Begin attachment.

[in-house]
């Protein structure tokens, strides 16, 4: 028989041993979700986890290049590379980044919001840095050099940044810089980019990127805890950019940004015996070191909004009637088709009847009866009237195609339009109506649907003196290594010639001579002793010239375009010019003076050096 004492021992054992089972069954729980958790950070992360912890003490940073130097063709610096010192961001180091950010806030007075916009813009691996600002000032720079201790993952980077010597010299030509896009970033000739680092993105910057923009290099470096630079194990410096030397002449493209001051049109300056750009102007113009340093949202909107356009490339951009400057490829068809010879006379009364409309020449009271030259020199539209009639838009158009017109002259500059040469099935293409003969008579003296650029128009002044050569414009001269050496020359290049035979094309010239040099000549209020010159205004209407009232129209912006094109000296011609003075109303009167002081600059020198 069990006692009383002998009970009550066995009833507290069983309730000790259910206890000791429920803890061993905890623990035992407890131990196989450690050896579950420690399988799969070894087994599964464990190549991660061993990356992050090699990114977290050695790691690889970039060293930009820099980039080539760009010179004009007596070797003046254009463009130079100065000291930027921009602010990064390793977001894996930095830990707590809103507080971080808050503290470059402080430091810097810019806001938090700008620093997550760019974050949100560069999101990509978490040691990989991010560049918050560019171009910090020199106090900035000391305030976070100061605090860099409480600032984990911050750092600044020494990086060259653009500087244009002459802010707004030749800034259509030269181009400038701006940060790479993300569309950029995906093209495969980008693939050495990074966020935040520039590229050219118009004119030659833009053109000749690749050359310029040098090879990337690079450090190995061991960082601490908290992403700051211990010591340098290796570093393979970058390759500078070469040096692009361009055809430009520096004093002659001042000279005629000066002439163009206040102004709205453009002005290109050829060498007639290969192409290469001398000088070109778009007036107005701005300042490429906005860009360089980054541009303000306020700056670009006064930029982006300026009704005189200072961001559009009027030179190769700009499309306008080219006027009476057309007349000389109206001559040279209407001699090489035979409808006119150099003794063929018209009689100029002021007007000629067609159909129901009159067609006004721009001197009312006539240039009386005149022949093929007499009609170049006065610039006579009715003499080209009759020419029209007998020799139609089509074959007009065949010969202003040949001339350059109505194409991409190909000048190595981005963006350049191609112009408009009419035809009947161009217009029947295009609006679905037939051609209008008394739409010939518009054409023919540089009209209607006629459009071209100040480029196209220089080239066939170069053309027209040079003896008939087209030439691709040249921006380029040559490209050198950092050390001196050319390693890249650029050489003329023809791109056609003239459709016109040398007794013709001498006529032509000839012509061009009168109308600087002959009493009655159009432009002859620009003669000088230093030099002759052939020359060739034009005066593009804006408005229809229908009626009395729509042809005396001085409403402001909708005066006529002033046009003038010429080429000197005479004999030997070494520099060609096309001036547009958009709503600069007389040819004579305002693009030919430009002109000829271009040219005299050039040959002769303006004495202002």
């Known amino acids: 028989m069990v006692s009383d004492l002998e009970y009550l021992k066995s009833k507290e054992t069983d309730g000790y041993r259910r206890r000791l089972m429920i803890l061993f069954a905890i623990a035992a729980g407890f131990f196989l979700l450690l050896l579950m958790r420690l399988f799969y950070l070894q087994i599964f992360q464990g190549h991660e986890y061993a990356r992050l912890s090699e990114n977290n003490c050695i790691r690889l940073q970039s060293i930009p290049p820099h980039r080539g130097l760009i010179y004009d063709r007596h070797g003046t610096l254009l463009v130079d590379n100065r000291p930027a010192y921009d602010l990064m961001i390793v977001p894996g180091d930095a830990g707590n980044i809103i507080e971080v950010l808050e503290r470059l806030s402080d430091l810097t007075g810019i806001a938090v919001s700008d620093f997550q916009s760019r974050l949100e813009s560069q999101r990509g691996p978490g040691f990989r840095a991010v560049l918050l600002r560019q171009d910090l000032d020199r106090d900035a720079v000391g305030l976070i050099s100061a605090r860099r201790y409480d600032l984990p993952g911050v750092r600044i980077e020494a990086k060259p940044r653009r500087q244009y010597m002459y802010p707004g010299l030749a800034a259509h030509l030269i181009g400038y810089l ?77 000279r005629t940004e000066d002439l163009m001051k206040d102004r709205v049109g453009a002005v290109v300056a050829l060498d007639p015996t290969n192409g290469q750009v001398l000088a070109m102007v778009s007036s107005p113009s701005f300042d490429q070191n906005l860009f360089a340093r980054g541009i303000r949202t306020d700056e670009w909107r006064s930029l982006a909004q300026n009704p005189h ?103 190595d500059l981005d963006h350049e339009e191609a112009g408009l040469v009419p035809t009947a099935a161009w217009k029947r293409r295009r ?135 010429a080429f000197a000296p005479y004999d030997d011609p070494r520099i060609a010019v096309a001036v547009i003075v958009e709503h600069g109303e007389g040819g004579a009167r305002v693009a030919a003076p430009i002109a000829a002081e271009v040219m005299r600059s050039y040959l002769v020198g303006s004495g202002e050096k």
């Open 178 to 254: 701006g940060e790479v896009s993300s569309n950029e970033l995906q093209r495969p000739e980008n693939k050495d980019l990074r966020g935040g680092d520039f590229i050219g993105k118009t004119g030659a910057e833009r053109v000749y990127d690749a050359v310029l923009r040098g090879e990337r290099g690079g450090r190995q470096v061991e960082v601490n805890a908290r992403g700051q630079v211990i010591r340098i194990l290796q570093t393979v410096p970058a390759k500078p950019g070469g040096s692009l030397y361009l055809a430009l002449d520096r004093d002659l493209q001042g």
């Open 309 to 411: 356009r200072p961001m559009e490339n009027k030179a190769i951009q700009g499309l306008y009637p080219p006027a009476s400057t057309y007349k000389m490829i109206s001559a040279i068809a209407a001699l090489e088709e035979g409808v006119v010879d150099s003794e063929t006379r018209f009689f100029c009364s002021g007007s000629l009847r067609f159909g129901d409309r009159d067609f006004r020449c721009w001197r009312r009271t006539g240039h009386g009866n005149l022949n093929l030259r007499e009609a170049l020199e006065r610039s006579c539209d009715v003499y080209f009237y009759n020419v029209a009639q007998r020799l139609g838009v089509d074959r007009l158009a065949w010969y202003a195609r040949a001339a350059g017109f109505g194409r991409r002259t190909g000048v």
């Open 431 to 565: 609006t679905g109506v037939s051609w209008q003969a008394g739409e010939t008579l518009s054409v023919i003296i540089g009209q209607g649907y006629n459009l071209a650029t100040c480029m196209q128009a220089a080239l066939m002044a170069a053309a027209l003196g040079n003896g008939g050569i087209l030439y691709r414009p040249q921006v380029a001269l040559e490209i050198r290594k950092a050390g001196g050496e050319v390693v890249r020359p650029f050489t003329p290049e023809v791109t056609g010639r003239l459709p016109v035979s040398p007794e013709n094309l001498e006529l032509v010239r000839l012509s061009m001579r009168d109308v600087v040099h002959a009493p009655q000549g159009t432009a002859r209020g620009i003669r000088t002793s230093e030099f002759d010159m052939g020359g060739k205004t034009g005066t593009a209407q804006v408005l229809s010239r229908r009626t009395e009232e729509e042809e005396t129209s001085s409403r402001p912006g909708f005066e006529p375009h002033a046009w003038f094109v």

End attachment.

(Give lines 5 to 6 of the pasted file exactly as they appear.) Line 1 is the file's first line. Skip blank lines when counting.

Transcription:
């Open 309 to 411: 356009r200072p961001m559009e490339n009027k030179a190769i951009q700009g499309l306008y009637p080219p006027a009476s400057t057309y007349k000389m490829i109206s001559a040279i068809a209407a001699l090489e088709e035979g409808v006119v010879d150099s003794e063929t006379r018209f009689f100029c009364s002021g007007s000629l009847r067609f159909g129901d409309r009159d067609f006004r020449c721009w001197r009312r009271t006539g240039h009386g009866n005149l022949n093929l030259r007499e009609a170049l020199e006065r610039s006579c539209d009715v003499y080209f009237y009759n020419v029209a009639q007998r020799l139609g838009v089509d074959r007009l158009a065949w010969y202003a195609r040949a001339a350059g017109f109505g194409r991409r002259t190909g000048v």
């Open 431 to 565: 609006t679905g109506v037939s051609w209008q003969a008394g739409e010939t008579l518009s054409v023919i003296i540089g009209q209607g649907y006629n459009l071209a650029t100040c480029m196209q128009a220089a080239l066939m002044a170069a053309a027209l003196g040079n003896g008939g050569i087209l030439y691709r414009p040249q921006v380029a001269l040559e490209i050198r290594k950092a050390g001196g050496e050319v390693v890249r020359p650029f050489t003329p290049e023809v791109t056609g010639r003239l459709p016109v035979s040398p007794e013709n094309l001498e006529l032509v010239r000839l012509s061009m001579r009168d109308v600087v040099h002959a009493p009655q000549g159009t432009a002859r209020g620009i003669r000088t002793s230093e030099f002759d010159m052939g020359g060739k205004t034009g005066t593009a209407q804006v408005l229809s010239r229908r009626t009395e009232e729509e042809e005396t129209s001085s409403r402001p912006g909708f005066e006529p375009h002033a046009w003038f094109v």